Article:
Escaping The Korean Security Dilemma

North Korea fired 23 missiles into the sea on November 2nd, Pyongyang’s largest deployment in a single day, according to Reuters. One missile landed less than 40 miles off South Korea’s coast, marking the first time a ballistic missile has crossed a nautical border with South Korea since the peninsula’s division in 1945. The launches triggered rare air raid warnings on the island of Ulleungdo and prompted Seoul to fire three air-to-ground missiles in response. 

South Korean President Yoon Suk-yeol called the launches, “an effective act of territorial encroachment by a missile intruding the NLL” (Northern Limit Line), his office said. “We heard the siren at around 8:55 a.m. and all of us in the building went down to the evacuation place in the basement,” a county official from Ulleung County told Reuters. “We stayed there until we came upstairs at around 9:15 after hearing that the projectile fell into the high seas.” The Joint Chiefs of Staff reported the North also fired over 100 rounds of artillery into a military buffer zone, violating a 2018 agreement banning aggressive acts in border areas. In Washington, White House national security spokesperson John Kirby criticized the missile’s trajectory across the NLL as “reckless” and vowed full military support to South Korea. 

The launches followed Pyongyang’s demand that South Korea and the United States stop conducting large-scale joint military exercises. The two treaty allies launched operation “Vigilant Storm” on November 1st, a week-long combined air drill that featured roughly 240 warplanes carrying out over 1,600 stories, the highest number of missions ever recorded for the event. U.S. State Department spokesperson Ned Price said the drills were “purely defensive and harbored no hostile intent,” Reuters reported. But Pak Jong-chon, secretary of the Central Committee of North Korea’s ruling Workers’ Party, said such “rashness and provocation can be no longer tolerated,” claiming that mock attacks staged by South Korean and U.S. forces raised the threat of invasion and evidenced hostile policies by Seoul and Washington. North Korea has conducted its largest ever number of missile launches this year and fired an intermediate range ballistic missile over Japan in October for the first time in five years, according to The New York Times.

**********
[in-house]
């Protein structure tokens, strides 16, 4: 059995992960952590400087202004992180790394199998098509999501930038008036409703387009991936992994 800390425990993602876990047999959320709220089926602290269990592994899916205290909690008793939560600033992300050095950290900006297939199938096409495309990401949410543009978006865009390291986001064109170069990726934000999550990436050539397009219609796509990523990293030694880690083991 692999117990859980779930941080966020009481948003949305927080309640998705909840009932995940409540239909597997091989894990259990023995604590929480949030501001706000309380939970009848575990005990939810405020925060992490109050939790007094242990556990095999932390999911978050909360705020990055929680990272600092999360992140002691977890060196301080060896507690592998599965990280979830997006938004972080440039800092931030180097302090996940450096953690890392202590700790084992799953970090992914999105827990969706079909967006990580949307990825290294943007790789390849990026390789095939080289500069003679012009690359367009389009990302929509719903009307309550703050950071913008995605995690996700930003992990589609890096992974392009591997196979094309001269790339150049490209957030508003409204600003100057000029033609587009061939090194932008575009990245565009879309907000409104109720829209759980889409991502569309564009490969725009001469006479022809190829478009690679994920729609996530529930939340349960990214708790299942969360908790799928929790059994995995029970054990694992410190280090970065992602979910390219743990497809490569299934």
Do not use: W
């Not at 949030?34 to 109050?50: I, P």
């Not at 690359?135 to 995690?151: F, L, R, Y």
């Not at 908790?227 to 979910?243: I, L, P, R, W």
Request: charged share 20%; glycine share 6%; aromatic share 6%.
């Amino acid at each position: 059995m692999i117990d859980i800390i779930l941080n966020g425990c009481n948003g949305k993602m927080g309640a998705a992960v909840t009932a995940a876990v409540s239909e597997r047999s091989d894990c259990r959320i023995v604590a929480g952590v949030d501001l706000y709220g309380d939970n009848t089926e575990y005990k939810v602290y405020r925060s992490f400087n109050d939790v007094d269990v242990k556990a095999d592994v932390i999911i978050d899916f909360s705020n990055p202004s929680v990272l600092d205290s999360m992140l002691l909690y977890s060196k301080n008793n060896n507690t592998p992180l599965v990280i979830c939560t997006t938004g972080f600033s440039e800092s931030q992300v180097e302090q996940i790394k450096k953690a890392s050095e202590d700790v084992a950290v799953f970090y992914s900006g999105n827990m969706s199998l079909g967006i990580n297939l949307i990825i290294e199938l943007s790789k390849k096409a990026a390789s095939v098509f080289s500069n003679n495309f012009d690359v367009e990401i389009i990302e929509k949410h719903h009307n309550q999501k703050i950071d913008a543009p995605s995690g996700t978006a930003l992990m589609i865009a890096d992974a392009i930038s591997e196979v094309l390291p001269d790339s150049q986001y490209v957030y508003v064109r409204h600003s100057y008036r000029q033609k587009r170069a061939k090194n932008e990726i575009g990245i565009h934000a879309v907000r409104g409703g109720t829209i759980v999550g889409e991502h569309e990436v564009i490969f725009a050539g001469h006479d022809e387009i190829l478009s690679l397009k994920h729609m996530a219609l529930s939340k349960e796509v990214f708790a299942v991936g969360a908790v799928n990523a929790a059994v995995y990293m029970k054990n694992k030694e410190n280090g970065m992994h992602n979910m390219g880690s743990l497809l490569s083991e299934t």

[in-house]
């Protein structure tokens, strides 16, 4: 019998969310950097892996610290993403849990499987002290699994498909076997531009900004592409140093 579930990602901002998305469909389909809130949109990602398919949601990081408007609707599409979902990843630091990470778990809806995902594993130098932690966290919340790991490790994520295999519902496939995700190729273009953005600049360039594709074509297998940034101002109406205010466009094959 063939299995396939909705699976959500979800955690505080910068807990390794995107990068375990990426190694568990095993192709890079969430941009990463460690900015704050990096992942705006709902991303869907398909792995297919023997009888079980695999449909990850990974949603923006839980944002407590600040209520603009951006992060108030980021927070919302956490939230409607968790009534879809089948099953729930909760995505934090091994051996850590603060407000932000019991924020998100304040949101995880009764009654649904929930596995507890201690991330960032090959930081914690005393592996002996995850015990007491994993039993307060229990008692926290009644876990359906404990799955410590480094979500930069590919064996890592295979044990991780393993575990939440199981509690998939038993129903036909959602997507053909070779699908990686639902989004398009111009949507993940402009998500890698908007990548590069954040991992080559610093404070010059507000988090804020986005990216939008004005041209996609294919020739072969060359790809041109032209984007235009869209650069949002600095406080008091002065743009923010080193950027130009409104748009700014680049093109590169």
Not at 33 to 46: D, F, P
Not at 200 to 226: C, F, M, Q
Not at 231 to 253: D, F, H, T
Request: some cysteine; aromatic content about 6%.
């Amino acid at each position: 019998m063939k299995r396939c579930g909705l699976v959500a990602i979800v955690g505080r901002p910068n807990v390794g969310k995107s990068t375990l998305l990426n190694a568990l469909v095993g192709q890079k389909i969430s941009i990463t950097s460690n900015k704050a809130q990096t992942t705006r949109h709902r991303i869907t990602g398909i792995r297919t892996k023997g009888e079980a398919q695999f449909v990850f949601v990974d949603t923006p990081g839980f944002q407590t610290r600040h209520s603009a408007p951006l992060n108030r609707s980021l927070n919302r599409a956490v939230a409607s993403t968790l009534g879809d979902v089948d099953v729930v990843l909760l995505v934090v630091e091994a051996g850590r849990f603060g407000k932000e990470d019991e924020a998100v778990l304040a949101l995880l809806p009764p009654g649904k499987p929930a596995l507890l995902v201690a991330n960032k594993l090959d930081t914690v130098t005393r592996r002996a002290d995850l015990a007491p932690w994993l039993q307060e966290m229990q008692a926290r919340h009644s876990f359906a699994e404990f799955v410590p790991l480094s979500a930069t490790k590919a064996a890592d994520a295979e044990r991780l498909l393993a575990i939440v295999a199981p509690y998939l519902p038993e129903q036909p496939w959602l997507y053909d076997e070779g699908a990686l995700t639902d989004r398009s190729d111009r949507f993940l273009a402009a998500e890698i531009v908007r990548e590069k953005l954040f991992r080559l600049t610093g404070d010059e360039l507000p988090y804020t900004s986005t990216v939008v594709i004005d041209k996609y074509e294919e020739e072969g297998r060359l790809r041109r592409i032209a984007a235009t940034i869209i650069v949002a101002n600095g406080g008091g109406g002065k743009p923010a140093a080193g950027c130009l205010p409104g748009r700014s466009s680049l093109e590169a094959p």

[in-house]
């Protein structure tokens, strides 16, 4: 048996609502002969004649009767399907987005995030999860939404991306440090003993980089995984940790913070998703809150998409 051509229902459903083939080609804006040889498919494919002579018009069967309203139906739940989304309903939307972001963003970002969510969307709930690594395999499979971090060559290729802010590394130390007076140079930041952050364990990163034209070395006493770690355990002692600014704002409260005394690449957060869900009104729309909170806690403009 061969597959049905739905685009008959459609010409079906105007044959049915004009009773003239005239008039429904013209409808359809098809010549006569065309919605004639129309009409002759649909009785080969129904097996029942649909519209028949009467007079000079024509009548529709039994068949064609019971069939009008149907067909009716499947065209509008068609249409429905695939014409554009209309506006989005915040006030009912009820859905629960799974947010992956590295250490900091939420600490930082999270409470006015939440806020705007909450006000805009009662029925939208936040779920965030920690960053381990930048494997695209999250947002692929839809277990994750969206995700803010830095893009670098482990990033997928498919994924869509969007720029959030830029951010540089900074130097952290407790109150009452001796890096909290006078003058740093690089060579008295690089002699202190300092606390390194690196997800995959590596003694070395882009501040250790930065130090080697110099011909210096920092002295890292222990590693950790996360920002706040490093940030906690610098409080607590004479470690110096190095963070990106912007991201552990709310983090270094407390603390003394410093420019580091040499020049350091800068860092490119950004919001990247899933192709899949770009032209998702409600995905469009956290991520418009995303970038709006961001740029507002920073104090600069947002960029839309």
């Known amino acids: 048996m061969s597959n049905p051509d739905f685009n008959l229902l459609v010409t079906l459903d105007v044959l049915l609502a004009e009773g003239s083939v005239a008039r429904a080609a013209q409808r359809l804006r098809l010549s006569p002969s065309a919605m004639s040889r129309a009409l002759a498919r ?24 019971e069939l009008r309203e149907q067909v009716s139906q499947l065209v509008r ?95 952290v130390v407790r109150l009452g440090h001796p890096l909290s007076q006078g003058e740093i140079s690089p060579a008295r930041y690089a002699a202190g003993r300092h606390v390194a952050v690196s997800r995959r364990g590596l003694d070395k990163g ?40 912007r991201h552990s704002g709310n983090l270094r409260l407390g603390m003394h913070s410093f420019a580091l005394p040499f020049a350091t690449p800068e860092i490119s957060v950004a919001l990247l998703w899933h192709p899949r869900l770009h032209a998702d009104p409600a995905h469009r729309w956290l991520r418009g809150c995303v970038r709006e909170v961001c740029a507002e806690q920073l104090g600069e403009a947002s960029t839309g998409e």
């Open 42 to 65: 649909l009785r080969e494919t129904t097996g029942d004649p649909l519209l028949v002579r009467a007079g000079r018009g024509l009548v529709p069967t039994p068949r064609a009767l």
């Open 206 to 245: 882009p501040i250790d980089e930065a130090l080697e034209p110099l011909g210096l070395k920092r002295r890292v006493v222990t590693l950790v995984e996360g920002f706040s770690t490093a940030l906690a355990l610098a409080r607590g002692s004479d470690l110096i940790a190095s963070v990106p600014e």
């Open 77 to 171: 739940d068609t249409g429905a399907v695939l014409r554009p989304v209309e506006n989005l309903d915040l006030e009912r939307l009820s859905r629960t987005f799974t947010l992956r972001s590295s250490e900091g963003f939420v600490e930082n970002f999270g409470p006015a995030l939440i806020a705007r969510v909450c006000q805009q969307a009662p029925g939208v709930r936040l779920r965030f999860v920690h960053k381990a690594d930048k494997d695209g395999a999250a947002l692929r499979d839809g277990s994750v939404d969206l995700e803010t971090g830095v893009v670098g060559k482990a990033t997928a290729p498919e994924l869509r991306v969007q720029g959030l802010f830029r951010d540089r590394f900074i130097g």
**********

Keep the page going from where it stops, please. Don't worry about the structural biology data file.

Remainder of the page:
Rising tensions on the Korean Peninsula reflect a classic case of the security dilemma, a widespread phenomenon in world affairs in which enhancements to one state’s security decrease the security of others. Mutual suspicion between North Korea and its primary adversaries — South Korea, the United States, and Japan — go beyond natural concerns about the deployment of offensive capabilities. What the United States and its allies view as “purely defensive” reactions to North Korean provocations, such as conducting joint exercises, building strategic bombers, and putting military forces on alert, only reinforce Pyongyang’s own deep-rooted security fears because they appear identical to offensive actions. Similarly, missile launches, nuclear weapons tests, and other security-increasing measures by North Korea tests raise alarm among Western observers even though Kim Jong-un deems them integral to his regime’s survival. 

The recent episode of missile strikes makes it clear that military action will not ameliorate the Korean Peninsula’s legacy of mutual distrust and hostility. Escaping a vicious cycle of escalation requires that Seoul and Washington stop blaming Pyongyang as solely responsible for the region’s confrontational security landscape. To manage the security dilemma with North Korea, the United States should consider enacting partial sanctions relief and halting combined military exercises with the South. Additionally, both sides should work toward replacing the 1953 Korean Armistice Agreement, which ended the Korean War in a truce, with a formal peace treaty. In any case, current policies and initiatives intended to deter Pyongyang’s high-risk behavior through shows of force are not achieving their objective. Instead of making retaliatory threats to inflict unacceptable damage on the North, the United States and its allies must shape the situation using nonviolent instruments of power.